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Examining the disciplinary process in nursing a case study approach

Published online 2015 Nov 25. For permission to use where not already granted under a licence please go to http: Abstract Objective It is known that doctors who receive complaints may have feelings of anger, guilt, shame and depression, both in the short and in the long term.

This might lead to functional impairment. Less is known about the impact of the disciplinary process and imposed measures. Previous studies of disciplinary proceedings have mainly focused on identifying characteristics of disciplined doctors and on sentencing policies.

Therefore, the aim of this study is to explore what impact the disciplinary process and imposed measures have on healthcare professionals. Design Semistructured interview study, with purposive sampling and inductive qualitative content analysis. Participants 16 healthcare professionals 9 medical specialists, 3 general practitioners, 2 physiotherapists and 2 psychologists that were sanctioned by the disciplinary tribunal. Results Professionals described feelings of misery and insecurity both during the process as in its aftermath.

Furthermore, they reported to fear receiving new complaints and provide care more cautiously after the imposed measure. Factors that may enhance psychological and professional impact are the publication of measures online and in newspapers, media coverage, the feeling of treated as guilty before any verdict has been reached, and the long duration of the process. Conclusions This study shows that the disciplinary process and imposed measures can have a profound psychological and professional impact on healthcare professionals.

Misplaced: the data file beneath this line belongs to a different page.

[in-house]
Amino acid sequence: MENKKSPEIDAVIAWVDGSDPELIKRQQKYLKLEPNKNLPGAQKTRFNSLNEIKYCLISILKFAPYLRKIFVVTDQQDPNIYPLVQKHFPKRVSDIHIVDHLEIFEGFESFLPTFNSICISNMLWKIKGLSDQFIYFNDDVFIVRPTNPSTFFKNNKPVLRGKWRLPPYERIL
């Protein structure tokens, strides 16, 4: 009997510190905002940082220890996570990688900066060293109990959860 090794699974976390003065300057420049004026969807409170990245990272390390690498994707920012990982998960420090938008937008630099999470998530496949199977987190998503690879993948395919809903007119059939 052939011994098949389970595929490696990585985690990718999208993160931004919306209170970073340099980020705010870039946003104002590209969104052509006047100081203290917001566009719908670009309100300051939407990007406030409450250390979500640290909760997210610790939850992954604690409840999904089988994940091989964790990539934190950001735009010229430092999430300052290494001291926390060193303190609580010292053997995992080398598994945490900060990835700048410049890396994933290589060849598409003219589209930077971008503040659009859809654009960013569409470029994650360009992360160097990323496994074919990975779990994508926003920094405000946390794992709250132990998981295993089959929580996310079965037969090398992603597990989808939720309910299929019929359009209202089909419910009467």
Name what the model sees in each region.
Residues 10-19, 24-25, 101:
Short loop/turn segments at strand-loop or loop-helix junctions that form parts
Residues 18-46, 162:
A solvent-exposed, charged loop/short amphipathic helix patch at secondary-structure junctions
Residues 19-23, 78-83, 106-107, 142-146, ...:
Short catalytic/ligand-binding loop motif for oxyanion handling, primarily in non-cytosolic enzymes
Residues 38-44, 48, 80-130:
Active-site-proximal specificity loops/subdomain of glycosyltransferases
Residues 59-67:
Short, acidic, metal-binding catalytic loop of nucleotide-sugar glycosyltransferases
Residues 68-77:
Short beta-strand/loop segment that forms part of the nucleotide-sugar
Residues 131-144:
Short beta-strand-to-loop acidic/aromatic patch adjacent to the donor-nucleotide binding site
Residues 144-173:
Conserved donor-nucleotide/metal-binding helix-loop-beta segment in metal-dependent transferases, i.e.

Although a disciplinary measure is meant to have a corrective effect, our results suggest that the impact that is experienced by professionals might hamper optimal rehabilitation afterwards.

The case study approach

Therefore, organising emotional support should be considered during the disciplinary process and in the period after the verdict. A good response rate was achieved, considering the sensitive topic. The study population might be subjected to selection bias.

Background In the past decades, patient safety has gained considerable attention and the importance of addressing medical incidents has been increasingly recognised. Countries differ in their system of disciplinary proceedings. In the Netherlands, disciplinary law is embedded in the Healthcare Professionals Act and applies to eight regulated healthcare professions: It should improve the quality of healthcare and enhance public trust in the medical profession.

Healthcare professionals can be disciplined with a warning, a reprimand, a monetary fine, a conditional suspension, deprivation of the right to perform certain procedures or of the right to re-registration in case a professional voluntarily unregistersor removal from the register. For all other measures, however, the professional is expected to proceed with or return to a subset of his or her activities.

It is known that doctors who receive complaints may have feelings of anger, guilt, shame and depression, both in the short and in the long term. Previous studies of disciplinary proceedings have mainly focused on identifying characteristics of disciplined professionals and on sentencing policies. Methods To answer our research question, we have chosen to perform semistructured interviews since this is an appropriate method to explore people's experiences and attitudes.

We interviewed 16 healthcare professionals that were confronted with a disciplinary measure. To select these professionals, we used a list of all healthcare professionals on whom disciplinary measures have been imposed. Since July 2012, this list is publicly available on the website of the organisation that regulates the Dutch licences. It includes all imposed measures except warnings and monetary fines on healthcare professionals of the eight legally registered professions https: We used data from 1 July 2012 until 28 March 2014.